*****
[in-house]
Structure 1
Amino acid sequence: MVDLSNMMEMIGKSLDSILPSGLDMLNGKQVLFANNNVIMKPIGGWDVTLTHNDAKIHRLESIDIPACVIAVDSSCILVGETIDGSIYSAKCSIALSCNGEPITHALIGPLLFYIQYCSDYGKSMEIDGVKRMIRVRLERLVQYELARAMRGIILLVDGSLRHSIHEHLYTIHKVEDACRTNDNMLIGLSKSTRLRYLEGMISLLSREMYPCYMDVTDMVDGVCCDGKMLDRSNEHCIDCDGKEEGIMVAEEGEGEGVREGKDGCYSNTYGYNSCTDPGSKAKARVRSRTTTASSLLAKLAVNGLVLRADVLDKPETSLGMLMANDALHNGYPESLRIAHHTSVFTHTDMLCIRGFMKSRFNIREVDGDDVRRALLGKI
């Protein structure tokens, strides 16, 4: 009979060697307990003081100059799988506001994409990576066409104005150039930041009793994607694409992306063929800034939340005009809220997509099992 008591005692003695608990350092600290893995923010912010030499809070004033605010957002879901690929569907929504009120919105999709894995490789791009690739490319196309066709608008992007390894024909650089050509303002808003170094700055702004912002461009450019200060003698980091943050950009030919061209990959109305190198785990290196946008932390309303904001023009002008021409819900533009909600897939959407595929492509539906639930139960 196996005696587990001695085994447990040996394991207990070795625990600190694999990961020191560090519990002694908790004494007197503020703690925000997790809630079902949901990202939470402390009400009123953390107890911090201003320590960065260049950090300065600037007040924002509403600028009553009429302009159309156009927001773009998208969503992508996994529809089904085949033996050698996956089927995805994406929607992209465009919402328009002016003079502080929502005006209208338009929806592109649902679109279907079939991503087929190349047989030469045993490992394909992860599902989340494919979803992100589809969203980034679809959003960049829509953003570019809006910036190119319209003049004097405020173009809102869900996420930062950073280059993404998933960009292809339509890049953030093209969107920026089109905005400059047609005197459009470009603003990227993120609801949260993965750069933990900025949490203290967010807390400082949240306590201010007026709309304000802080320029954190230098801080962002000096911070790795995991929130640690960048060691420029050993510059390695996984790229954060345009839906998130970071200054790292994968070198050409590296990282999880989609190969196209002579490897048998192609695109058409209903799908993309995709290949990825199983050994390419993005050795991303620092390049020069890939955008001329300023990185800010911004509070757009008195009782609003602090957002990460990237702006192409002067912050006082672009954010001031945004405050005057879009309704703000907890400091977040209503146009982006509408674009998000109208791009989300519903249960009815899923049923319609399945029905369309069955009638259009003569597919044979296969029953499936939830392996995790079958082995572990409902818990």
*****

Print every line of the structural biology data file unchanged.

[in-house]
Structure 1
Amino acid sequence: MVDLSNMMEMIGKSLDSILPSGLDMLNGKQVLFANNNVIMKPIGGWDVTLTHNDAKIHRLESIDIPACVIAVDSSCILVGETIDGSIYSAKCSIALSCNGEPITHALIGPLLFYIQYCSDYGKSMEIDGVKRMIRVRLERLVQYELARAMRGIILLVDGSLRHSIHEHLYTIHKVEDACRTNDNMLIGLSKSTRLRYLEGMISLLSREMYPCYMDVTDMVDGVCCDGKMLDRSNEHCIDCDGKEEGIMVAEEGEGEGVREGKDGCYSNTYGYNSCTDPGSKAKARVRSRTTTASSLLAKLAVNGLVLRADVLDKPETSLGMLMANDALHNGYPESLRIAHHTSVFTHTDMLCIRGFMKSRFNIREVDGDDVRRALLGKI
């Protein structure tokens, strides 16, 4: 009979060697307990003081100059799988506001994409990576066409104005150039930041009793994607694409992306063929800034939340005009809220997509099992 008591005692003695608990350092600290893995923010912010030499809070004033605010957002879901690929569907929504009120919105999709894995490789791009690739490319196309066709608008992007390894024909650089050509303002808003170094700055702004912002461009450019200060003698980091943050950009030919061209990959109305190198785990290196946008932390309303904001023009002008021409819900533009909600897939959407595929492509539906639930139960 196996005696587990001695085994447990040996394991207990070795625990600190694999990961020191560090519990002694908790004494007197503020703690925000997790809630079902949901990202939470402390009400009123953390107890911090201003320590960065260049950090300065600037007040924002509403600028009553009429302009159309156009927001773009998208969503992508996994529809089904085949033996050698996956089927995805994406929607992209465009919402328009002016003079502080929502005006209208338009929806592109649902679109279907079939991503087929190349047989030469045993490992394909992860599902989340494919979803992100589809969203980034679809959003960049829509953003570019809006910036190119319209003049004097405020173009809102869900996420930062950073280059993404998933960009292809339509890049953030093209969107920026089109905005400059047609005197459009470009603003990227993120609801949260993965750069933990900025949490203290967010807390400082949240306590201010007026709309304000802080320029954190230098801080962002000096911070790795995991929130640690960048060691420029050993510059390695996984790229954060345009839906998130970071200054790292994968070198050409590296990282999880989609190969196209002579490897048998192609695109058409209903799908993309995709290949990825199983050994390419993005050795991303620092390049020069890939955008001329300023990185800010911004509070757009008195009782609003602090957002990460990237702006192409002067912050006082672009954010001031945004405050005057879009309704703000907890400091977040209503146009982006509408674009998000109208791009989300519903249960009815899923049923319609399945029905369309069955009638259009003569597919044979296969029953499936939830392996995790079958082995572990409902818990």